What we have under Trump is very nearly the mirror image of this ideal. He relies on gut instinct and gets his information from what he happens to see on television or hears from friends. He is extremely disinclined to acknowledge mistakes, process bad news, or think beyond the news cycle. The structure his staff has built around him is designed more to manage his ego and shield him from bad news than to yield wise decisions. His understanding of the relationship between the president and other political actors is rudimentary, causing him to alternate between passivity and assertions of total control.
Even where his administration has acted adroitly — it did work assiduously to bootstrap the initially anemic testing effort to a different level — Trump hasn’t been willing or able to explain it convincingly. He has even complained, in varying tones, that testing should be slowed down because it makes the infection rate look higher.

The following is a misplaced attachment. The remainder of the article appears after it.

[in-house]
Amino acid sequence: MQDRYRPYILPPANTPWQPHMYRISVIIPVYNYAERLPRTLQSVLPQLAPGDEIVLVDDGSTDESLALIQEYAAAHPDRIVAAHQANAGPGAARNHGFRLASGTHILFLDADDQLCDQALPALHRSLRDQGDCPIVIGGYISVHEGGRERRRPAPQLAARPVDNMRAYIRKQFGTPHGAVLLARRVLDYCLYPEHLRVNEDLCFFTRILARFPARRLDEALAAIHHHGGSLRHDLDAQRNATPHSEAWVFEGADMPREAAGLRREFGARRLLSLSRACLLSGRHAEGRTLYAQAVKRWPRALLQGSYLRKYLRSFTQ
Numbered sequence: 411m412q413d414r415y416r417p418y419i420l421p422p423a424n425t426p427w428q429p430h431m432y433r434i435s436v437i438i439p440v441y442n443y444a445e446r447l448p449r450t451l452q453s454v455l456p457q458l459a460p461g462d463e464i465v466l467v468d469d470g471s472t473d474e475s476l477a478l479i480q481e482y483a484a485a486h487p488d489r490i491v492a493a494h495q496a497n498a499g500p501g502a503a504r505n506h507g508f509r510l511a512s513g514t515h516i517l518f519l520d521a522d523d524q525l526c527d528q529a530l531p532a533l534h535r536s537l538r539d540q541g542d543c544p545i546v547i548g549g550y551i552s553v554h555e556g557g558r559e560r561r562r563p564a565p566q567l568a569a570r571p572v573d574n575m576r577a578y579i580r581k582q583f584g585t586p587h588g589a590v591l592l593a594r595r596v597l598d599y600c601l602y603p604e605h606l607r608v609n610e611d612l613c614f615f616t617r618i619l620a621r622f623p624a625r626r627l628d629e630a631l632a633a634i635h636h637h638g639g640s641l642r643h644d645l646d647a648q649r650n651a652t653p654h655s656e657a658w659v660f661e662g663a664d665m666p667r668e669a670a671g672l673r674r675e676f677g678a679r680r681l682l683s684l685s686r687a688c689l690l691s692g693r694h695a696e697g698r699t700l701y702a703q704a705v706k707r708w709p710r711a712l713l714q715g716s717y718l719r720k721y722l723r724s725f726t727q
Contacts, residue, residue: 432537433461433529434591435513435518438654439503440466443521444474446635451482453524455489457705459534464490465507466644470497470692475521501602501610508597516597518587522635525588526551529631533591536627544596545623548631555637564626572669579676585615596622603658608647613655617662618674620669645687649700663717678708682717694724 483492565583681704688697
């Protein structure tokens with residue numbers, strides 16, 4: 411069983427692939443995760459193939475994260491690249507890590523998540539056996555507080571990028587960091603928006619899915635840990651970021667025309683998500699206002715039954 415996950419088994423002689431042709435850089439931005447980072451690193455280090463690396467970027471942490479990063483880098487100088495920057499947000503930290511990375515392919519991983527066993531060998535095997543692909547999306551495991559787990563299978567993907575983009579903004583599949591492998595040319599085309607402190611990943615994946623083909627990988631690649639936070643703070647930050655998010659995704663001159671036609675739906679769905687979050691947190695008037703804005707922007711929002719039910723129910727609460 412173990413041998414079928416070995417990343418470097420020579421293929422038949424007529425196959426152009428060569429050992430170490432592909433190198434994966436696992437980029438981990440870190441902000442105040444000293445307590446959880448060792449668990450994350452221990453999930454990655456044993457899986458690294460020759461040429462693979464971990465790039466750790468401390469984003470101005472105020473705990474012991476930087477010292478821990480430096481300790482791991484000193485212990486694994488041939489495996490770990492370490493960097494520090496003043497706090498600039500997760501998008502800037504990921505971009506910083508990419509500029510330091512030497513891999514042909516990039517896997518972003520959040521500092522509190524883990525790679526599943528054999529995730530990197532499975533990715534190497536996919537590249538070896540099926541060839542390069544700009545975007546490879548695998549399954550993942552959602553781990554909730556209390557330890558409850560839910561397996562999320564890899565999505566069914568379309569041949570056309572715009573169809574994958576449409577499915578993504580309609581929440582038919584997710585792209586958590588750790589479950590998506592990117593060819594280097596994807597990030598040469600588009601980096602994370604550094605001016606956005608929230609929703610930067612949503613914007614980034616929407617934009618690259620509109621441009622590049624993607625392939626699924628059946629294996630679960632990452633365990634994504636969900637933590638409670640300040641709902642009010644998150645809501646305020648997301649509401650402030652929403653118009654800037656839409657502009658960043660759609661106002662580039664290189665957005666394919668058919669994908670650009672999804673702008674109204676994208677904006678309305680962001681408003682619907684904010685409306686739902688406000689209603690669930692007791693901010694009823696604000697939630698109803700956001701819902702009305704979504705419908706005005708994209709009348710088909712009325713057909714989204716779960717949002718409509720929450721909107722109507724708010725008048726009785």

Trump hasn’t conveyed steadiness, resolve, empathy, and seriousness of purpose to the public — the sort of thing that other political figures, whatever their ideologies and even competence levels, have done to their own benefit — because he does not possess them. He does not give much sign of even recognizing that the public would appreciate them. Reassurance is not his brand. “Fighting” is, and Trump especially enjoys taking public shots at people who, by virtue of their position, cannot fight back. His most successful recent such campaign has targeted Dr. Anthony Fauci — if it counts as success for Trump to persuade many of his supporters to distrust one of his own advisers.